Having finished all the linkage and the throttle stop that I kept forgetting about - and the airbox mountings & the stowage for the air-bleed hoses, I took the car off the drive & drove it up the cul-de-sac & back a couple of times & the non-linear action of the linkage works a treat, much much easier to drive slowly as the first 1/2 of the pedal travel only opens the butterflies 1/4, so when you need good control over the butterfly angle you have it, when you want a bootfull of throttle, they open much quicker, but the rate constantly varies from 2:1 at idle to 1:2 at wide open throttle, so there should be no nasty surprises mid-corner.

It has exposed a bit of a flat-spot just as the throttles are opening, but that's always been there & should be an ECU fix. I'll need to drive it properly to fully gauge it, but so far, so good. The pedal is as light as a maiden's sigh, so I may need some heavier springs on the pedal, or I may just get used to it.

I've now taken the clutch pedal off the car as that's my next project.

Wednesday 22 November 2017

Angry Unpleasant Deranged Idiotic

This morning I had to drive from my work in Guildford to our "satellite" plant (those who know me will see what I did there) down the A3 in Bordon. To get on the A3, there is a slip road from a small roundabout & on this slip road, two lanes merge into one.

As I approached the merge, following the car in front of me by a couple of car's lengths, I checked around me & there were no cars to my right so I began to move across when my attention was drawn to my rear view mirror - which was full of a German type of car whose drivers enjoy a certain reputation (there's a clue in the title). Note dear reader that my REAR view mirror was full of the car - so I continued to amble across into the one remaining lane at which point the driver behind me blasted on the hooter & drove about 6" off the back of my car with the lights full on.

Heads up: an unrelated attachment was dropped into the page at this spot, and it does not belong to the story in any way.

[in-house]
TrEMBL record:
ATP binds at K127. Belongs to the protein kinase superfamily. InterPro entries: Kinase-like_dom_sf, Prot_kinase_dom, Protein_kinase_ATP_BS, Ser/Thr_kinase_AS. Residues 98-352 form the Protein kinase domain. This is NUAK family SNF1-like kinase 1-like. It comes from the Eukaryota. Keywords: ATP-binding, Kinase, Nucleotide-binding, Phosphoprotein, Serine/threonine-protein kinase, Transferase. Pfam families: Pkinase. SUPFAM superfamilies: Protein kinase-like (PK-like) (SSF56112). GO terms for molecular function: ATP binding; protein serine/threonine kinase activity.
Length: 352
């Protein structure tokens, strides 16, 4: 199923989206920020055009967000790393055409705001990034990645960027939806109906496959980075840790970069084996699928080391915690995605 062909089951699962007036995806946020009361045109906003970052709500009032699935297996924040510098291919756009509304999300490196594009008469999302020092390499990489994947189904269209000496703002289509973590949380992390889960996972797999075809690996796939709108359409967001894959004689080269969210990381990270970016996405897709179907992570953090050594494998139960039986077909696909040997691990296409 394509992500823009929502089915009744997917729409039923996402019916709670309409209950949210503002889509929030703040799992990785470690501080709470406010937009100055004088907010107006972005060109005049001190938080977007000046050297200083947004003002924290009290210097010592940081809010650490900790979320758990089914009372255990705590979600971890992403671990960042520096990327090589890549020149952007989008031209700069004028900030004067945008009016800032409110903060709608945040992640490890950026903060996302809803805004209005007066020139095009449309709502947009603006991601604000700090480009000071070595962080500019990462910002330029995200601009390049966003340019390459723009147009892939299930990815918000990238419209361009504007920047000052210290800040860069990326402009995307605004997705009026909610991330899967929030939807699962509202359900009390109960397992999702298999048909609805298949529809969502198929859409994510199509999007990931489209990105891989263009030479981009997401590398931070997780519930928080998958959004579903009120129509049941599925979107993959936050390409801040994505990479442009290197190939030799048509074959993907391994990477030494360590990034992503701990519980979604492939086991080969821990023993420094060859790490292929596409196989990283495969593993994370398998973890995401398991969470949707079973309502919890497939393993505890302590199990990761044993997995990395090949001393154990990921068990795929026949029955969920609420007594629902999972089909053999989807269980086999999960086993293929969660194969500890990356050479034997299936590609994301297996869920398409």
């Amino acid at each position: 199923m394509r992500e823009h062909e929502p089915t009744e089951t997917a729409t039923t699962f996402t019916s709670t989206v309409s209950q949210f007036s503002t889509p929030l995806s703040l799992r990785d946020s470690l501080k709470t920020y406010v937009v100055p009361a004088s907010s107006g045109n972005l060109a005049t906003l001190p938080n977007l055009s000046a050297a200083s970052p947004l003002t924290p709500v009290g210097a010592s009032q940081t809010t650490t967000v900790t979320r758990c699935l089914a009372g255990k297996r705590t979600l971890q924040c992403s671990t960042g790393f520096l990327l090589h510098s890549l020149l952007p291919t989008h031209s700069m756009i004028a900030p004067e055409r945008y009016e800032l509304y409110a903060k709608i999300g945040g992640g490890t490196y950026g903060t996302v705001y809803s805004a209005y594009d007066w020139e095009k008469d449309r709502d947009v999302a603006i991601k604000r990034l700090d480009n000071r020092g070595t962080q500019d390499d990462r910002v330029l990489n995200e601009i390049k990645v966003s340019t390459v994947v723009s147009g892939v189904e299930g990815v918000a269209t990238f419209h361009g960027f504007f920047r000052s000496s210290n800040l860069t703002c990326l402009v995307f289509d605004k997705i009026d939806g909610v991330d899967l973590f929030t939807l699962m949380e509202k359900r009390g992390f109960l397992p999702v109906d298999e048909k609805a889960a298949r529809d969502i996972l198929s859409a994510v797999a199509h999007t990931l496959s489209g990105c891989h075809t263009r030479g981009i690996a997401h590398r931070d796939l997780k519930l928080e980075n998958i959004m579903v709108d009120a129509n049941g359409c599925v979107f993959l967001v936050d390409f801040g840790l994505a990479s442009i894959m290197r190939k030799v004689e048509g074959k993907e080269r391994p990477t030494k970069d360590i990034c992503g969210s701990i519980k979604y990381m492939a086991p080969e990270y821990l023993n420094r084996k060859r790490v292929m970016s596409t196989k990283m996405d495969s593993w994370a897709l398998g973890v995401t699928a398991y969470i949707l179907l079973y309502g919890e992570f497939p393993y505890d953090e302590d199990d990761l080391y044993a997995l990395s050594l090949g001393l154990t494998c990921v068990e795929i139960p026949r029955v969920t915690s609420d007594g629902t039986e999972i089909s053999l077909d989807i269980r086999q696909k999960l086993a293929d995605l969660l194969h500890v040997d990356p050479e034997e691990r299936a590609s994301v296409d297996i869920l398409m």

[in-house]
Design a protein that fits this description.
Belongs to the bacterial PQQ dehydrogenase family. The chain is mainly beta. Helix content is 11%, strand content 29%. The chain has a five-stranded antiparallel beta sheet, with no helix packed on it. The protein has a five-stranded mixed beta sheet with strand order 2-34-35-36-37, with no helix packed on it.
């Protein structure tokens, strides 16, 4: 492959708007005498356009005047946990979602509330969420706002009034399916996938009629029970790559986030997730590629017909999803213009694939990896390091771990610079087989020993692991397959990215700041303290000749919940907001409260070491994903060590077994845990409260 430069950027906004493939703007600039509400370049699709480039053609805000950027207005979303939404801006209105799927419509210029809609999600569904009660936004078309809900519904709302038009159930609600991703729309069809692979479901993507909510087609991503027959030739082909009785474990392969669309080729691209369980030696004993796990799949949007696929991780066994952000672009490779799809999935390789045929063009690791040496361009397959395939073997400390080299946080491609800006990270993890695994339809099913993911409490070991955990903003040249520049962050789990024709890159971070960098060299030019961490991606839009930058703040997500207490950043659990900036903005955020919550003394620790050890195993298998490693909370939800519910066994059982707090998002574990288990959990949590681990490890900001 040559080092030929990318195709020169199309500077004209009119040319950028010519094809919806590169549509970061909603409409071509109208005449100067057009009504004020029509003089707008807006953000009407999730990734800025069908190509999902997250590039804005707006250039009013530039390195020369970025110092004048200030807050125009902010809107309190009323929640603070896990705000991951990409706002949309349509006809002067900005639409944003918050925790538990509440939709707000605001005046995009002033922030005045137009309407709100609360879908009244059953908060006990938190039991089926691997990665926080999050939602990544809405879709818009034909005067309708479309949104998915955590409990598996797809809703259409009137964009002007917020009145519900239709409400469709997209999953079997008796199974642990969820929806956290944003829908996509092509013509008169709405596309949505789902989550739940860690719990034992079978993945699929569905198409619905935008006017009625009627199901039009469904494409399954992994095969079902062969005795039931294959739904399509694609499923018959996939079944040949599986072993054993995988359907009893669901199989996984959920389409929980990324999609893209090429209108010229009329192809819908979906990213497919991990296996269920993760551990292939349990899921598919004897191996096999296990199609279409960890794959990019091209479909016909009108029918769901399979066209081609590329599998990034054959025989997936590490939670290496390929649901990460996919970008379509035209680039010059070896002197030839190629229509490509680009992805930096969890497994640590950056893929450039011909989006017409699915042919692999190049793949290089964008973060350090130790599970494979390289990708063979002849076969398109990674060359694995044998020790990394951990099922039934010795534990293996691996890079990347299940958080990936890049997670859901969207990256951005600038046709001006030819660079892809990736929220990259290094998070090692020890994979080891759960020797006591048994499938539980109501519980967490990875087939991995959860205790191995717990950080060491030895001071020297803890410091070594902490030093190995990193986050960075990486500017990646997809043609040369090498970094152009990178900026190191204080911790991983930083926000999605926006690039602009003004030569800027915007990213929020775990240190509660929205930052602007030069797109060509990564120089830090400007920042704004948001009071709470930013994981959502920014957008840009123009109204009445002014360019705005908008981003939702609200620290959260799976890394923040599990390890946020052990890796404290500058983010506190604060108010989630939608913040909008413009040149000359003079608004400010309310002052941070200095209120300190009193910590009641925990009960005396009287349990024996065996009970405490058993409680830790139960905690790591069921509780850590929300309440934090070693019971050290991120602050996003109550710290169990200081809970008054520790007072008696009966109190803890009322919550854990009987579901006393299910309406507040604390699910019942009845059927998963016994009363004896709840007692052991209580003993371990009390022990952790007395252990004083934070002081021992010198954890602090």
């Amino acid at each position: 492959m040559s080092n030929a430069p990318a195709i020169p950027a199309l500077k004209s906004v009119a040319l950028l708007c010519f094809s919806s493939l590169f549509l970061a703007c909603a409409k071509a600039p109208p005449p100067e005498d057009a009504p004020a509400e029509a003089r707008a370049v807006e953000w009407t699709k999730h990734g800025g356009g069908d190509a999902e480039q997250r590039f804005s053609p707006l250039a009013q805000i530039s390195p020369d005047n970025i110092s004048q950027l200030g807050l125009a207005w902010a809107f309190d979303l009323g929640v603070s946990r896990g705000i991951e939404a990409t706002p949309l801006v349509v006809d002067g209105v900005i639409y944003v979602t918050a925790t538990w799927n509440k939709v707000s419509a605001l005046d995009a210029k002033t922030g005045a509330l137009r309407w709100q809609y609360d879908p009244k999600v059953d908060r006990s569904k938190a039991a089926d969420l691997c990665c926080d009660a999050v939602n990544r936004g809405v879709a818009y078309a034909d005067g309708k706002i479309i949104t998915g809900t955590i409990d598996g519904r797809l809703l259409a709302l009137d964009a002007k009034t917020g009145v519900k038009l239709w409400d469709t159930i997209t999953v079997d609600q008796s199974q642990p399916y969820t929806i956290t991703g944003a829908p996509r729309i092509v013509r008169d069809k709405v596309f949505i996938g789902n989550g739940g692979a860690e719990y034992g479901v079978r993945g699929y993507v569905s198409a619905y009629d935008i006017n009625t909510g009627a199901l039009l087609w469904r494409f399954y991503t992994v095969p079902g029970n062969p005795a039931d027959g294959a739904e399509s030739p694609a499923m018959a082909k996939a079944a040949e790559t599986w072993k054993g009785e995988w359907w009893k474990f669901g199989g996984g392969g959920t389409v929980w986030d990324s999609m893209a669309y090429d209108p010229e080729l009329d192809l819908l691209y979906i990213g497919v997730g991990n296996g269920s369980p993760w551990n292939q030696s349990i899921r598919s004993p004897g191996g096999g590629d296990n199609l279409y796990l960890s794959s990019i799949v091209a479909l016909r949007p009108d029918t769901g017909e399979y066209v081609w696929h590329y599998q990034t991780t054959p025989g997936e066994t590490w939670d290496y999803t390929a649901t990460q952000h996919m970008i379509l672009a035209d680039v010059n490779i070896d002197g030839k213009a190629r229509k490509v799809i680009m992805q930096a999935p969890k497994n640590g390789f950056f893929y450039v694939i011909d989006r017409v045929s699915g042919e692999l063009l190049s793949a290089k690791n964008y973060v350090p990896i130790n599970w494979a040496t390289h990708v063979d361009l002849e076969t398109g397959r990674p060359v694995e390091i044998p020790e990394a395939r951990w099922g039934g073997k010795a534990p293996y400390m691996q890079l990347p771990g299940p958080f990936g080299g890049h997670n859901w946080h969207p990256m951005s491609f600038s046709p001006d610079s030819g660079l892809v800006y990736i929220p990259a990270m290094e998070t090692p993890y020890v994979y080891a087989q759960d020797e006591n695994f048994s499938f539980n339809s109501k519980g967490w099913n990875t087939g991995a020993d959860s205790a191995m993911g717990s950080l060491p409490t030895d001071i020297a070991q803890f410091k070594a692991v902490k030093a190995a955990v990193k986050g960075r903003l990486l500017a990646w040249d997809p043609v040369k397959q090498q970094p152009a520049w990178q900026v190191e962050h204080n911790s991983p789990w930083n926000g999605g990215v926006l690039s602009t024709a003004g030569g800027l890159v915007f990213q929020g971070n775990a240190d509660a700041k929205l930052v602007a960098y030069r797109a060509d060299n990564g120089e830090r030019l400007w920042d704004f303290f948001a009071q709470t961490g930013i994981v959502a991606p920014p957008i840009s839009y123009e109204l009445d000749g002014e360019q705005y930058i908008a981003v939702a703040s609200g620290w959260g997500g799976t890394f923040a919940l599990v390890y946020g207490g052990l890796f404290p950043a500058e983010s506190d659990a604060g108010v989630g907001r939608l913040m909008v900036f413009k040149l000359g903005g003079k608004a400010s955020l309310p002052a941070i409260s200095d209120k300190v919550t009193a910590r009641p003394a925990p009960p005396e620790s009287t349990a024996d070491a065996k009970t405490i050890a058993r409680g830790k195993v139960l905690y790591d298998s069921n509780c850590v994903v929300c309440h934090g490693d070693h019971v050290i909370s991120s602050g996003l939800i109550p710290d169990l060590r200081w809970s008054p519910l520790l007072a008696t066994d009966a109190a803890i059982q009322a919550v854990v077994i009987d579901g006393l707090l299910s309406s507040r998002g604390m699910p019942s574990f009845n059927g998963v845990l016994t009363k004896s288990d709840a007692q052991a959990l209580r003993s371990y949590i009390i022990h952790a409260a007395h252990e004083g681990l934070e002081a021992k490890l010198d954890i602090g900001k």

I thought to myself "really? this is a 136,000 mile, 15 year old, faded Zafira with a robust tow ball at the back, how much do you think I care? At the top of the slip I checked the traffic on the A3 & seeing there was none in the first lane I moved smartly into it in case my new friend was harbouring ideas If getting there first & boxing me onto the slip road. Shortly afterwards he accelerated into the second lane, slowed down alongside me & spent some time gesticulating at me out of the side window before accelerating off - about 20 yards where he came up behind the next car in lane 2.

Anyway, the Fury is running nice & smoothly & the whole throttle linkage is installed & working a treat. The next job is the clutch pedal & cable.

Saturday 11 November 2017

Fuelling Sorted

........ Well almost

Hoorah! after a bit of a disaster yesterday (idling WAY too fast, backfiring, lumpy) I took the whole injection system off the engine, all the throttle bodies off the mountings & adjusted one at a time & closed the air bleeds so that I couldn't blow through the main venturi (I know it's not actually a venturi because they're not carbs - but you know what I mean), so I knew each butterfly was SHUT - properly SHUT. Then carefully carefully re-fitted them onto the mounting rail & again checked they were all SHUT at the same time.

Only when they were all mounted & adjusted okay did I hook up the systems, open up the air bleeds & go for a start. IT WORKED -almost nicely. The four way manometer carb balancer was already on, so it was just a case of adjusting the air bleeds until they were all in sync & it was idling nicely.

There are still a couple of jobs to do, I need to adjust the pedal for travel & so it returns all the way to idle on it's own, make a cable support for the pedal end & some more fettling, then I think I'm done - it's been a lot of effort, but soon I'll be moving on the to clutch pedal.

Looks nice though.


Monday 6 November 2017

Close, But No Cigar

A busy weekend, apart from a minor service on No2 daughters car, hanging the exhaust back on the Zafira, mending my wife’s boots, cooking, cleaning etc,  I made new levers for three of the four throttle bodies, eased the sticking No 3 butterfly, hooked the other two TBs up to their levers & adjusted them so they all move the same amount & close when they should be closed (not as easy as it sounds).